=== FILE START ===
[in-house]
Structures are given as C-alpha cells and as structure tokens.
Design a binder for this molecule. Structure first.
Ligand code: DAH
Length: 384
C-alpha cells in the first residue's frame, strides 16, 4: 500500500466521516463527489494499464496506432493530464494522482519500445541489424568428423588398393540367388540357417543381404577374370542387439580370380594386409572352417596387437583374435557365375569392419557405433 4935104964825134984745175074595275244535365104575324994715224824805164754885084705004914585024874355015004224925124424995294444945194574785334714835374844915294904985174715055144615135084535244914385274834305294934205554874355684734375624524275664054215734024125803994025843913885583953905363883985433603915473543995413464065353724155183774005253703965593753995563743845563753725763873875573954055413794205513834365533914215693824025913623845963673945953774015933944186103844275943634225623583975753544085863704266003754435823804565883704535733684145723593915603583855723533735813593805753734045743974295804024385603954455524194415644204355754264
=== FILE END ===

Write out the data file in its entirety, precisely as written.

[in-house]
Structures are given as C-alpha cells and as structure tokens.
Design a binder for this molecule. Structure first.
Ligand code: DAH
Length: 384
C-alpha cells in the first residue's frame, strides 16, 4: 500500500466521516463527489494499464496506432493530464494522482519500445541489424568428423588398393540367388540357417543381404577374370542387439580370380594386409572352417596387437583374435557365375569392419557405433 4935104964825134984745175074595275244535365104575324994715224824805164754885084705004914585024874355015004224925124424995294444945194574785334714835374844915294904985174715055144615135084535244914385274834305294934205554874355684734375624524275664054215734024125803994025843913885583953905363883985433603915473543995413464065353724155183774005253703965593753995563743845563753725763873875573954055413794205513834365533914215693824025913623845963673945953774015933944186103844275943634225623583975753544085863704266003754435823804565883704535733684145723593915603583855723533735813593805753734045743974295804024385603954455524194415644204355754264